The New York State Department of Environmental Conservation (“DEC”) has finalized regulations requiring new or expanding power plants in New York to evaluate potential disproportionate environmental impacts on minority and low-income communities. The regulations are the first in the country to require an environmental justice (“EJ”) analysis in the siting of major electric generating facilities; their requirements could provide practical experience for incorporating environmental justice considerations into other governmental decisions.
Some comments from the regulated community in response to the proposed rules found the new EJ requirements to be unduly burdensome, citing the costs and delay the process would incur. (See the full assessment of public comments here.) However, others have praised New York’s efforts, expressing their hope that the regulations could become a good model for what an environmental justice analysis looks like – not just for power plants but for a whole host of environmental actions. Cecil Corbin-Mark, Policy Director for West Harlem Environmental Action, Inc. (WE ACT for Environmental Justice), described the regulations as a “significant improvement over [the previous framework], and one that brings a new level of focus to the impacted communities. It’s a good step forward.”
The regulations, initially proposed in January 2012, are intended to assess and reduce disproportionate environmental impacts in “overburdened” communities. In its response to public comments on the proposed rules, DEC explained that there is no definition of “overburdened” under New York law. However, the regulations use the same long-established demographics on race, ethnicity and income used in CP-29, the Department’s Environmental Justice Policy, which establishes a mechanism for identifying potential “environmental justice areas.”
According to the Department’s policy, an “environmental justice area” is defined as an area containing a minority or low-income community that may bear a disproportionate share of environmental impacts. A “low-income community” means a contiguous area where 23.59% or more of the population has an annual income that is less than the poverty threshold. A “minority community” means a contiguous area where the minority population is equal to or greater than 51.1% in an urban area or 33.8% in a rural area. These percentage thresholds are based on census block groups and may be revised to reflect updated demographic data.
Following the proposed siting of a new plant, the newly finalized regulations establish an “Impact Study Area” of at least a one-half mile radius around the proposed location of the facility, with a greater area considered on occasion due to “site-specific factors.” The applicant must then determine whether the Impact Study Area contains one or more EJ areas by identifying if there is a minority or low-income community within the Impact Study Area, based on the thresholds summarized above. If no area meeting the definition of minority or low-income community is present within the Impact Study Area, an EJ area is still considered to be present if: (1) a contiguous area has a minority or low-income population that is above 75% of the stated thresholds, and (2) reasonably available air quality data reveals that the Impact Study Area may bear a disproportionate share of negative environmental consequences resulting from multiple sources when compared to the county as a whole, or if in New York City, when compared to the city as a whole.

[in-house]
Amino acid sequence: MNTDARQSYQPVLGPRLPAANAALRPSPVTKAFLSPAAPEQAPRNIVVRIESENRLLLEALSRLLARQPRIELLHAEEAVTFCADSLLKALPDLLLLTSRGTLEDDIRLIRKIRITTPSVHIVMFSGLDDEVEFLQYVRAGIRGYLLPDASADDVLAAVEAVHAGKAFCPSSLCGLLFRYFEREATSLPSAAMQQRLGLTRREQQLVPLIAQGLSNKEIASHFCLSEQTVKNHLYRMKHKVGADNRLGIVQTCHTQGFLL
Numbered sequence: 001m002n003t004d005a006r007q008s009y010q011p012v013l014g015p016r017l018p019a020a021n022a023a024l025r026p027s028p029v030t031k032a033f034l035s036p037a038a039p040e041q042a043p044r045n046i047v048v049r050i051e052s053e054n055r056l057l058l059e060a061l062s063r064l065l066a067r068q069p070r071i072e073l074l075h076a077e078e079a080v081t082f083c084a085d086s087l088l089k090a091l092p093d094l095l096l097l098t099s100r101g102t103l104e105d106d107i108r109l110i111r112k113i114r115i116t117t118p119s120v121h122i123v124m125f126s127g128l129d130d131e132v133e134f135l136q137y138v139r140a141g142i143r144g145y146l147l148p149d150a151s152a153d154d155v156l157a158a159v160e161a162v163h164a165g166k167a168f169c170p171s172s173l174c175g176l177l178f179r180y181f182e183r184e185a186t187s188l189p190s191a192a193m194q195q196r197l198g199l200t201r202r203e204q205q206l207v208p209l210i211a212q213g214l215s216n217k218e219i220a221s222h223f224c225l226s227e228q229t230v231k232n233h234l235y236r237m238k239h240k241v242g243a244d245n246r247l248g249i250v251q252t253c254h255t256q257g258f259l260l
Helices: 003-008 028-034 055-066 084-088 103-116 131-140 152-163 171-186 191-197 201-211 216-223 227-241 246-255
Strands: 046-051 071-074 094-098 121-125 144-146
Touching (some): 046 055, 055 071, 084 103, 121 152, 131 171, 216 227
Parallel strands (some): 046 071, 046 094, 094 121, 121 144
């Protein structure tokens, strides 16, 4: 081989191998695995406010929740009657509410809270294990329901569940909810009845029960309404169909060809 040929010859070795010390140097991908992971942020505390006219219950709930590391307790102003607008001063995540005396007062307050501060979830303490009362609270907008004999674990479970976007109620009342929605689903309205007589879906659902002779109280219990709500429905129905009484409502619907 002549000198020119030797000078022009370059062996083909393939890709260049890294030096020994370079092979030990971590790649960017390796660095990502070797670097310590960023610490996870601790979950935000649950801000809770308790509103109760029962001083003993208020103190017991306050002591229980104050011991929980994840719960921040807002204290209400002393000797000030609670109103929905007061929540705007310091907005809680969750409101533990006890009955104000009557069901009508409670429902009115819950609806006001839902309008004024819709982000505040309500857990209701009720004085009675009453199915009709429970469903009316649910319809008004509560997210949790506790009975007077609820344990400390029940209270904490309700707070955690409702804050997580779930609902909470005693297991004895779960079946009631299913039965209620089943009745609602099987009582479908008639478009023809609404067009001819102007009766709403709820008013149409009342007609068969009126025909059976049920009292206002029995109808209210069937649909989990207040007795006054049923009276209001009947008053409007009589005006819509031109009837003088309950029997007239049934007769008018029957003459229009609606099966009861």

If an EJ area is present in the Impact Study Area, an application to site a power plant there must analyze any significant adverse environmental impacts to the EJ area resulting from the plant’s operation or construction. The requirements for a full EJ analysis are described in an earlier SPR blog post.
The regulations also require the applicant to identify, analyze, and implement mitigation measures that will avoid any disproportionate significant adverse environmental impacts to the maximum extent possible. Consistent with the authorizing statute for the EJ rules, the Department has revised its proposed regulations to clarify that if the impacts cannot be avoided or minimized, the applicant must still offset the impacts. While the statutory text requires mitigation and offsets to be evaluated “using verifiable measures,” the regulations offer no further descriptions of mitigation or offset measures and no examples of how the measures must specifically benefit affected EJ areas. Concerned parties await the regulations’ implementation to see how these requirements will be interpreted in practice.
These regulations were issued pursuant to Article X of the Public Service Law (“Article X”), which was reauthorized last summer to reestablish a comprehensive regulatory regime for power plant siting. Article X displaces the State Environmental Quality Review Act (“SEQRA”) process for covered projects, but mandates several of its own environmental analyses of facilities’ impacts. Review under the new Article X process is just beginning this year; it remains to be seen how DEC’s new environmental justice regulations will be implemented, or whether similar requirements will be incorporated into SEQRA in the future.
For more information about DEC’s new EJ regulations for power plants, contact Jeffrey Gracer.
Priya Murthy is a Summer Associate at Sive, Paget & Riesel.